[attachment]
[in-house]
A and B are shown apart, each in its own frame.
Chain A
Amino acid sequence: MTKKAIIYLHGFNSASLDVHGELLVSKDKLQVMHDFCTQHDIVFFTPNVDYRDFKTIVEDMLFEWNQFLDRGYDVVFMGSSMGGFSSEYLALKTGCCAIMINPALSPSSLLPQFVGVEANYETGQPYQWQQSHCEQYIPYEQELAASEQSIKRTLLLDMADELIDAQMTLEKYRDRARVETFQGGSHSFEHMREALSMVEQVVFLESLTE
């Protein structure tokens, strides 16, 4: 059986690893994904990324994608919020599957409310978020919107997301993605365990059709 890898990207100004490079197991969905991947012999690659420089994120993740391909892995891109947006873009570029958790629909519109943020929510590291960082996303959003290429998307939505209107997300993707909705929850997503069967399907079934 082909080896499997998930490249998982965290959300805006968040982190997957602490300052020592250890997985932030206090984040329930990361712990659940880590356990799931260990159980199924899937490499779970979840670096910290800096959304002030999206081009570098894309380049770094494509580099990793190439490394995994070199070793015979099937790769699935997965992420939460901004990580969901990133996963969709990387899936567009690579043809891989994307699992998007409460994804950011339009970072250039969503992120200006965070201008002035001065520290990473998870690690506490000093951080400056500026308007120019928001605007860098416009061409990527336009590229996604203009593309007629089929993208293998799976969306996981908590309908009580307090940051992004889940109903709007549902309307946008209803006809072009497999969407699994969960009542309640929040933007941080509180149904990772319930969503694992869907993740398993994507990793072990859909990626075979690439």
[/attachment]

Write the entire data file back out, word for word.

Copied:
[in-house]
A and B are shown apart, each in its own frame.
Chain A
Amino acid sequence: MTKKAIIYLHGFNSASLDVHGELLVSKDKLQVMHDFCTQHDIVFFTPNVDYRDFKTIVEDMLFEWNQFLDRGYDVVFMGSSMGGFSSEYLALKTGCCAIMINPALSPSSLLPQFVGVEANYETGQPYQWQQSHCEQYIPYEQELAASEQSIKRTLLLDMADELIDAQMTLEKYRDRARVETFQGGSHSFEHMREALSMVEQVVFLESLTE
């Protein structure tokens, strides 16, 4: 059986690893994904990324994608919020599957409310978020919107997301993605365990059709 890898990207100004490079197991969905991947012999690659420089994120993740391909892995891109947006873009570029958790629909519109943020929510590291960082996303959003290429998307939505209107997300993707909705929850997503069967399907079934 082909080896499997998930490249998982965290959300805006968040982190997957602490300052020592250890997985932030206090984040329930990361712990659940880590356990799931260990159980199924899937490499779970979840670096910290800096959304002030999206081009570098894309380049770094494509580099990793190439490394995994070199070793015979099937790769699935997965992420939460901004990580969901990133996963969709990387899936567009690579043809891989994307699992998007409460994804950011339009970072250039969503992120200006965070201008002035001065520290990473998870690690506490000093951080400056500026308007120019928001605007860098416009061409990527336009590229996604203009593309007629089929993208293998799976969306996981908590309908009580307090940051992004889940109903709007549902309307946008209803006809072009497999969407699994969960009542309640929040933007941080509180149904990772319930969503694992869907993740398993994507990793072990859909990626075979690439």